Antrittsrede von Bill Clinton am 20. Januar 1993.
Inaugural Address of Bill Clinton
First Inaugural Address of William J. Clinton
My fellow citizens :Today we celebrate the mystery of American renewal.
This ceremony is held in the depth of winter. But, by the words we speak and the faces we show the world, we force the spring. A spring reborn in the world’s oldest democracy, that brings forth the vision and courage to reinvent America.
When our founders boldly declared America’s independence to the world and our purposes to the Almighty, they knew that America, to endure, would have to change. Not change for change’s sake, but change to preserve America’s ideals; life, liberty, the pursuit of happiness. Though we march to the music of our time, our mission is timeless. Each generation of Americans must define what it means to be an American.
On behalf of our nation, I salute my predecessor, President Bush, for his half-century of service to America. And I thank the millions of men and women whose steadfastness and sacrifice triumphed over Depression, fascism and Communism.
Today, a generation raised in the shadows of the Cold War assumes new responsibilities in a world warmed by the sunshine of freedom but threatened still by ancient hatreds and new plagues.
Raised in unrivaled prosperity, we inherit an economy that is still the world’s strongest, but is weakened by business failures, stagnant wages, increasing inequality, and deep divisions among our people.
When George Washington first took the oath I have just sworn to uphold, news traveled slowly across the land by horseback and across the ocean by boat. Now, the sights and sounds of this ceremony are broadcast instantaneously to billions around the world.
Communications and commerce are global; investment is mobile; technology is almost magical; and ambition for a better life is now universal. We earn our livelihood in peaceful competition with people all across the earth.
Profound and powerful forces are shaking and remaking our world, and the urgent question of our time is whether we can make change our friend and not our enemy.
This new world has already enriched the lives of millions of Americans who are able to compete and win in it. But when most people are working harder for less; when others cannot work at all; when the cost of health care devastates families and threatens to bankrupt many of our enterprises, great and small; when fear of crime robs law-abiding citizens of their freedom; and when millions of poor children cannot even imagine the lives we are calling them to lead, we have not made change our friend.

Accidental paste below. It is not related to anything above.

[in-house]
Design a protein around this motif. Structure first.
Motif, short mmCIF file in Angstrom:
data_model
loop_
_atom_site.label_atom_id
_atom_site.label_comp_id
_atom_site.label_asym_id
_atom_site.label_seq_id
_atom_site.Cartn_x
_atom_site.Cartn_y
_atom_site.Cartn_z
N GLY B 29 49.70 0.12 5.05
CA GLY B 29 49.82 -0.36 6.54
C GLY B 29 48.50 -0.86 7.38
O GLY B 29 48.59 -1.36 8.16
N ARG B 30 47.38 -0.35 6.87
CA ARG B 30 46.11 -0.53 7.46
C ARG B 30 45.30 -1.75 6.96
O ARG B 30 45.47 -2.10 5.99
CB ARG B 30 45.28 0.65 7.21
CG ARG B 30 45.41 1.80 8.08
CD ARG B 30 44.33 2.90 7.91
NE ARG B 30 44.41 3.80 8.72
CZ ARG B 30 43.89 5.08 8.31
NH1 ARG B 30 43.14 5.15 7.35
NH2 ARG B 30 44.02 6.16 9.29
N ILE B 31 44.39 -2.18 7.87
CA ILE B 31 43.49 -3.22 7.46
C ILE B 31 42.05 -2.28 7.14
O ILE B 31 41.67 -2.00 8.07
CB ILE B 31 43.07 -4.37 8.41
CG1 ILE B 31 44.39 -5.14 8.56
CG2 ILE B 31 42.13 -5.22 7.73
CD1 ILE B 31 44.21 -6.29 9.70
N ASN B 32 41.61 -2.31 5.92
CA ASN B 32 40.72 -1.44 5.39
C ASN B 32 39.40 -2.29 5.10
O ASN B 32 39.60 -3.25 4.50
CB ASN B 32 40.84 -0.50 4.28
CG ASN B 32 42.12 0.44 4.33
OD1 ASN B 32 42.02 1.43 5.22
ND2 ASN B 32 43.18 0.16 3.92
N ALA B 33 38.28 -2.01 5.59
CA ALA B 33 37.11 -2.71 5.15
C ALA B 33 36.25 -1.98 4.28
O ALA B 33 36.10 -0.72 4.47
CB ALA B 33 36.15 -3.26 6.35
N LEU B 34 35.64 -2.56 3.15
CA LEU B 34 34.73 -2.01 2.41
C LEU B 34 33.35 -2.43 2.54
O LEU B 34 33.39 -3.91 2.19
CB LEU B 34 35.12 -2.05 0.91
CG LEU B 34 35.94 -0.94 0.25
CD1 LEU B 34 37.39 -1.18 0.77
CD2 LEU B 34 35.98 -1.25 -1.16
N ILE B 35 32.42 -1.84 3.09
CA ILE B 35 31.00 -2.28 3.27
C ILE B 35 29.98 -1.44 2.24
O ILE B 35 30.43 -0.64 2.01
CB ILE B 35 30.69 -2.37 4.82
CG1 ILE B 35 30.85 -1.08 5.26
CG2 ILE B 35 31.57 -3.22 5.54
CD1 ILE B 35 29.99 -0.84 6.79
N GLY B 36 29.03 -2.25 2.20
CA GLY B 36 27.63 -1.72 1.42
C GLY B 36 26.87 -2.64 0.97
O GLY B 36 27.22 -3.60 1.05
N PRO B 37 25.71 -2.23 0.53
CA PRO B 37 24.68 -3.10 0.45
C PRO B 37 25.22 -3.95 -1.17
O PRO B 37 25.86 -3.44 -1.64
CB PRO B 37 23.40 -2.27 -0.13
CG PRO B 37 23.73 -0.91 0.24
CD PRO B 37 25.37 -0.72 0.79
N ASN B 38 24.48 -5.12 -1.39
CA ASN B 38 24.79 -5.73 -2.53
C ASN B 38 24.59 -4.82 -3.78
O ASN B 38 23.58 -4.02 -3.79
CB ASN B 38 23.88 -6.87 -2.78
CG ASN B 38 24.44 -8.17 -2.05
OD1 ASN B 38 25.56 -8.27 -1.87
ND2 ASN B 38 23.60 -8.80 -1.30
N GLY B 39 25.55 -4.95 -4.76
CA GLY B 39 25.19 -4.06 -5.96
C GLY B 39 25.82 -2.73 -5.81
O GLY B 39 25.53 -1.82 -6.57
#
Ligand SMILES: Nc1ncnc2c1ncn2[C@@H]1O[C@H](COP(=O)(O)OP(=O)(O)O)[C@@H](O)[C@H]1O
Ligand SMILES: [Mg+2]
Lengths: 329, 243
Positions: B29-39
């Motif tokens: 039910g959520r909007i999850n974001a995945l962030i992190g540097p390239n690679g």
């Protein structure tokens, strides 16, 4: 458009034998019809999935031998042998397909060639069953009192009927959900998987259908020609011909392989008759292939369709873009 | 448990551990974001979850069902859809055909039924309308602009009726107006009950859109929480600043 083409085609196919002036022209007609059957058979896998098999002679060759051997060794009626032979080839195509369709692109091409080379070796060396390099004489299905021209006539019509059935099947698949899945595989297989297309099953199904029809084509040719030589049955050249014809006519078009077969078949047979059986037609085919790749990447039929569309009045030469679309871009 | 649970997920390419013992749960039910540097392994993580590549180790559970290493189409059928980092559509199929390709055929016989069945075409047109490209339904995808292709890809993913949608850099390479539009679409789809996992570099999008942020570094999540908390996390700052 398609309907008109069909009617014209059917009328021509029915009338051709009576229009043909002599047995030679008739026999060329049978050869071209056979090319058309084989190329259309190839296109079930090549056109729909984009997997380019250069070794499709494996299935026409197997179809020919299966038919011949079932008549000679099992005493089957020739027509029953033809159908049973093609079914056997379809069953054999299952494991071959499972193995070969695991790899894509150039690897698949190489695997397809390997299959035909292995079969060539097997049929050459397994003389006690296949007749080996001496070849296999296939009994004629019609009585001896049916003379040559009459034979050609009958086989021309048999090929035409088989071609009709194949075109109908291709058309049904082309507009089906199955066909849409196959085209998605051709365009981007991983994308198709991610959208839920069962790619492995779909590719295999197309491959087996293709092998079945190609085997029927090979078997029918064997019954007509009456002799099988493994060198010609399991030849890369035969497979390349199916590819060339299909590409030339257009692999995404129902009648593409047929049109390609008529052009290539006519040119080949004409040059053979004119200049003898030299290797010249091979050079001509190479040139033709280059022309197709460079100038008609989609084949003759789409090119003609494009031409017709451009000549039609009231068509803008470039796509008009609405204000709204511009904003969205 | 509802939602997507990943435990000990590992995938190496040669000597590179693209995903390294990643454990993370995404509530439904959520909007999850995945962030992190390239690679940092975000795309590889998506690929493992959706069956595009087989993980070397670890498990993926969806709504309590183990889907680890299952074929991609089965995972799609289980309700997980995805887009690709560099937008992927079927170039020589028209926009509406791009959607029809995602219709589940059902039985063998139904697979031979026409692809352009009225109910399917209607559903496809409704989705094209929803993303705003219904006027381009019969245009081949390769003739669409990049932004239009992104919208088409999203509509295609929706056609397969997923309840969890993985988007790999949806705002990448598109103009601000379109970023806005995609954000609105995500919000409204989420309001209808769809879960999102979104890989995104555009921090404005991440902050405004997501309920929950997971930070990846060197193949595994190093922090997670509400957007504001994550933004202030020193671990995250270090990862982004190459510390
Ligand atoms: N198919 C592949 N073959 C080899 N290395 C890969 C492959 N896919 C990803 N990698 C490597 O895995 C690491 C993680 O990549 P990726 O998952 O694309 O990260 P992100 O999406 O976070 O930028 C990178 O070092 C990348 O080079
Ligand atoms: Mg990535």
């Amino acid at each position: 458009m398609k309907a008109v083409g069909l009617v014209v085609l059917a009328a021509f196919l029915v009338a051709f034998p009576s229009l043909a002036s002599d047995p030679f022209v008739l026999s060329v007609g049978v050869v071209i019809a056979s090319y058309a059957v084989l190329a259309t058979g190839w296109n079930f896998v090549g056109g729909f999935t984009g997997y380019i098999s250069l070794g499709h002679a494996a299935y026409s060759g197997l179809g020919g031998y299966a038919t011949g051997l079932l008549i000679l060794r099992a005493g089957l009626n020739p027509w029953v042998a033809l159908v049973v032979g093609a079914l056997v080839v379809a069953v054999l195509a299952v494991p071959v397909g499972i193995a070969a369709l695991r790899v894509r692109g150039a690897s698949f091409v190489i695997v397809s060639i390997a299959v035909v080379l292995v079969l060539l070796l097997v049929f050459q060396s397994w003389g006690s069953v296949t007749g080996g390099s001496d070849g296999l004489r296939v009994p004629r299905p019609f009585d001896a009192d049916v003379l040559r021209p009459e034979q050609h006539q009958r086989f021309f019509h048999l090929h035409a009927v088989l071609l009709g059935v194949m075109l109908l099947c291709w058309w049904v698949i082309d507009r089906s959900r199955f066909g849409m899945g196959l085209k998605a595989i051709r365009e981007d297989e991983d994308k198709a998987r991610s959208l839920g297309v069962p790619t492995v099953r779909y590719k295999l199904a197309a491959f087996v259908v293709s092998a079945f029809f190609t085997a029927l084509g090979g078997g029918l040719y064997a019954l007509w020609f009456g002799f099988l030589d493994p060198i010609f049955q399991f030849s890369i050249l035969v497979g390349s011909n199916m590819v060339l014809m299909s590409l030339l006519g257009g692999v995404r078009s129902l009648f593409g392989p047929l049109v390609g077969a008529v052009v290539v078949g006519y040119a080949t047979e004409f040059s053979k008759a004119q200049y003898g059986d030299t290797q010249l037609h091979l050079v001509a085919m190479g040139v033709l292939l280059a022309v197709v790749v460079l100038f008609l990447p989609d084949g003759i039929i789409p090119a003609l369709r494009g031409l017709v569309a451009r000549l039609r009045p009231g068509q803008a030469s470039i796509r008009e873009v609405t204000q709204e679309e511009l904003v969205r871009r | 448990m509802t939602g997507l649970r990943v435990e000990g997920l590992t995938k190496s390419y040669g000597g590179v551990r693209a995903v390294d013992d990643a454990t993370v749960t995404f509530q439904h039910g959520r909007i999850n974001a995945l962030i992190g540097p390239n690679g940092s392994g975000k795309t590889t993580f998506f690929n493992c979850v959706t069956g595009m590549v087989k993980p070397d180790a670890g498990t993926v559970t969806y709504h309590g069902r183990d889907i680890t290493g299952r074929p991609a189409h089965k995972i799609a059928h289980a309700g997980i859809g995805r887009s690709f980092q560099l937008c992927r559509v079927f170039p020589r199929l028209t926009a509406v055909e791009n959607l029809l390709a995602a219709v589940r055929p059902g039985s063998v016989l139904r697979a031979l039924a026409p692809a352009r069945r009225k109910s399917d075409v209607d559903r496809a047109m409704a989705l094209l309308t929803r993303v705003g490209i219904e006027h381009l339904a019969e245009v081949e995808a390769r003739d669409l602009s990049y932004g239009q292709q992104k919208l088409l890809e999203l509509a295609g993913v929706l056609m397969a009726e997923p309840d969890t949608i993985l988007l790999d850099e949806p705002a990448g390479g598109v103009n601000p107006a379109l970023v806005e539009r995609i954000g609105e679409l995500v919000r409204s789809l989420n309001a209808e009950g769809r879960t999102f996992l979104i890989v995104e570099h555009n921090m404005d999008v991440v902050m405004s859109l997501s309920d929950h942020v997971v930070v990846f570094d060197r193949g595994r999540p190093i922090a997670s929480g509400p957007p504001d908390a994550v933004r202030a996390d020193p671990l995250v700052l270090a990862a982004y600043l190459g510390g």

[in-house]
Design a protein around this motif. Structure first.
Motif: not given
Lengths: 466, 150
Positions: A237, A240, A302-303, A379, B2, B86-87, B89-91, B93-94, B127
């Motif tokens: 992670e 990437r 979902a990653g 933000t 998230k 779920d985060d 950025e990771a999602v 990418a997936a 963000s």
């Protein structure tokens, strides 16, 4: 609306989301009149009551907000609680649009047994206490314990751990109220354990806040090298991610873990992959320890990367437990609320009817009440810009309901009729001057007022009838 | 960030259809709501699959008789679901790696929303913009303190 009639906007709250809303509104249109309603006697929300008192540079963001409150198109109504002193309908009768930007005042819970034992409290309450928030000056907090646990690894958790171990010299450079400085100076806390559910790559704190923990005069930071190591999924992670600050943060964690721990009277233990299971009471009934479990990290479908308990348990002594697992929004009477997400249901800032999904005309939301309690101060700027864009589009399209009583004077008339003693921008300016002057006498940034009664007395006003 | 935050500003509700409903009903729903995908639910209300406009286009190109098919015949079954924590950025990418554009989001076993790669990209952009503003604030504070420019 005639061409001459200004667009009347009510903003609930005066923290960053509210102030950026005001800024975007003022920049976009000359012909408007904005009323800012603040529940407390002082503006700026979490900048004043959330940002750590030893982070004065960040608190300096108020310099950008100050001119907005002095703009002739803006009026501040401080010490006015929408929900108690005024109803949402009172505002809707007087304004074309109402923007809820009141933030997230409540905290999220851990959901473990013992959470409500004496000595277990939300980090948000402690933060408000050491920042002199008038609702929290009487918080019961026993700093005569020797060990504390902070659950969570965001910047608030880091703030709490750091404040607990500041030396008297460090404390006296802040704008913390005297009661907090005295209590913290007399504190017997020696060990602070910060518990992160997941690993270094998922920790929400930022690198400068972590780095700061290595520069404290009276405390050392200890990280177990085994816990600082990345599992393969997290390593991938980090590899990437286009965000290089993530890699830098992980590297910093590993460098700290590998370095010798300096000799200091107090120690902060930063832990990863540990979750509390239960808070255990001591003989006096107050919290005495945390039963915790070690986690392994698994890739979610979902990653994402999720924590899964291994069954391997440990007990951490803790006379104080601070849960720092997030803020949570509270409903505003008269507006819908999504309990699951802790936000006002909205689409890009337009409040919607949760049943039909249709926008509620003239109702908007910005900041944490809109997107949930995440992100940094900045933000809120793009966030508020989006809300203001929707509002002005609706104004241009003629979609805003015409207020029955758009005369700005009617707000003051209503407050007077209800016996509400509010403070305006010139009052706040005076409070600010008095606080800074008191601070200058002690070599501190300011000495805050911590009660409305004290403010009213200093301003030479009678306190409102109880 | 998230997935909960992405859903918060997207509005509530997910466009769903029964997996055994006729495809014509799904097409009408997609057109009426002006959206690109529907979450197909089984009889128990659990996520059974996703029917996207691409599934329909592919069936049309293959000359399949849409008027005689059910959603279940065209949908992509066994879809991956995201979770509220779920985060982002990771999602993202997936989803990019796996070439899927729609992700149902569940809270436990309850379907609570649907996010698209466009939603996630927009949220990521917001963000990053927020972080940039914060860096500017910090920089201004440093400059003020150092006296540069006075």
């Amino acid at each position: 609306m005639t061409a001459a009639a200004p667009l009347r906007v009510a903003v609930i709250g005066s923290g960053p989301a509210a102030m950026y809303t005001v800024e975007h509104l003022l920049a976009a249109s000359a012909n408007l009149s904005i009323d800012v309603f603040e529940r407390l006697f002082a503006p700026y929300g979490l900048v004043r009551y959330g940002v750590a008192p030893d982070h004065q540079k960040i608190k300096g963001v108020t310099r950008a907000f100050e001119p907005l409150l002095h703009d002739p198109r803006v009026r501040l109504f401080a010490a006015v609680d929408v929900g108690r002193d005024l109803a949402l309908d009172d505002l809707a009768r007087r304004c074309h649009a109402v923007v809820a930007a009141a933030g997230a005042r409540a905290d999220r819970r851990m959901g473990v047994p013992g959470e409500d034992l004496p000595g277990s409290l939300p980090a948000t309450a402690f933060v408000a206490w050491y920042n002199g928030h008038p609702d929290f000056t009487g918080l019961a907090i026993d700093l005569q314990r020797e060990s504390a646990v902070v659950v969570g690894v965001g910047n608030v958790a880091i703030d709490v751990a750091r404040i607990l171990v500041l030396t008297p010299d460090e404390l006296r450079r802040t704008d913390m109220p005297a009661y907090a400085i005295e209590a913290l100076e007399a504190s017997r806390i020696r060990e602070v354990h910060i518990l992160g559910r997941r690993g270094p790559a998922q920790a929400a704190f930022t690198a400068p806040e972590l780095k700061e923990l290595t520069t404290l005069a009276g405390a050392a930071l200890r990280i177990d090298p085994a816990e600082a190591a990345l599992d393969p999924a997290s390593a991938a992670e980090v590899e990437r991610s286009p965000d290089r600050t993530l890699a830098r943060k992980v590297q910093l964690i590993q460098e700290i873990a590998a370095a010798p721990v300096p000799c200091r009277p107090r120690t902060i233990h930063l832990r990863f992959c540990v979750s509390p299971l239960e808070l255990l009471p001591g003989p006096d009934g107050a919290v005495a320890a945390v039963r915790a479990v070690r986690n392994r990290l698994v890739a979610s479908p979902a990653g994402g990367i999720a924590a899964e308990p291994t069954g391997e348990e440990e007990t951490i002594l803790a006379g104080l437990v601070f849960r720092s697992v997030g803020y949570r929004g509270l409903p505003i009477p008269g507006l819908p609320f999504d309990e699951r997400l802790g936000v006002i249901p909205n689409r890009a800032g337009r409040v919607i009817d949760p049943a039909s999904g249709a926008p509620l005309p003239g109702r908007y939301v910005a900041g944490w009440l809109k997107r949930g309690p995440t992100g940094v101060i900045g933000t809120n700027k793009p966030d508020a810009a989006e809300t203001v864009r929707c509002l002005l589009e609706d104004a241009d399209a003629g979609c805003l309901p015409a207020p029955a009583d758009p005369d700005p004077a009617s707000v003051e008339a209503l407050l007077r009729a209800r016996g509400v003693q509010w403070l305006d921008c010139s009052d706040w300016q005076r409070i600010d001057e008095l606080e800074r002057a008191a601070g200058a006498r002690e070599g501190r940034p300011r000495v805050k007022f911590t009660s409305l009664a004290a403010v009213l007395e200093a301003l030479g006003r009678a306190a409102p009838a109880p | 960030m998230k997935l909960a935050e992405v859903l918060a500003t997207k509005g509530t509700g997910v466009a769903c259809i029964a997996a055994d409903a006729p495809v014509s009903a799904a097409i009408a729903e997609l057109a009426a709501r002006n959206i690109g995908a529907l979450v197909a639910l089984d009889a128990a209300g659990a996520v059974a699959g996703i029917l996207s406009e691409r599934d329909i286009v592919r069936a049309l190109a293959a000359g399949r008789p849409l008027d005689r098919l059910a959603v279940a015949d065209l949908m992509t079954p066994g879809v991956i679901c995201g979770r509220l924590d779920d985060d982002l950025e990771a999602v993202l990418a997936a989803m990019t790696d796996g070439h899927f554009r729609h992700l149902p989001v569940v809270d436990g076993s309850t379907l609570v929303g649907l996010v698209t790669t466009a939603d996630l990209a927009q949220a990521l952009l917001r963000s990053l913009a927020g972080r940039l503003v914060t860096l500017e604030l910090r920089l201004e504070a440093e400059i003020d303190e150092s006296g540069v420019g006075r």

We know we have to face hard truths and take strong steps. But we have not done so. Instead, we have drifted, and that drifting has eroded our resources, fractured our economy, and shaken our confidence.
Though our challenges are fearsome, so are our strengths. And Americans have ever been a restless, questing, hopeful people. We must bring to our task today the vision and will of those who came before us.
From our revolution, the Civil War, to the Great Depression to the civil rights movement, our people have always mustered the determination to construct from these crises the pillars of our history.
Thomas Jefferson believed that to preserve the very foundations of our nation, we would need dramatic change from time to time. Well, my fellow citizens, this is our time. Let us embrace it.
Our democracy must be not only the envy of the world but the engine of our own renewal. There is nothing wrong with America that cannot be cured by what is right with America.
And so today, we pledge an end to the era of deadlock and drift; a new season of American renewal has begun. To renew America, we must be bold. We must do what no generation has had to do before. We must invest more in our own people, in their jobs, in their future, and at the same time cut our massive debt. And we must do so in a world in which we must compete for every opportunity. It will not be easy; it will require sacrifice. But it can be done, and done fairly, not choosing sacrifice for its own sake, but for our own sake. We must provide for our nation the way a family provides for its children.
Our Founders saw themselves in the light of posterity. We can do no less. Anyone who has ever watched a child’s eyes wander into sleep knows what posterity is. Posterity is the world to come; the world for whom we hold our ideals, from whom we have borrowed our planet, and to whom we bear sacred responsibility. We must do what America does best: offer more opportunity to all and demand responsibility from all.
It is time to break the bad habit of expecting something for nothing, from our government or from each other. Let us all take more responsibility, not only for ourselves and our families but for our communities and our country. To renew America, we must revitalize our democracy.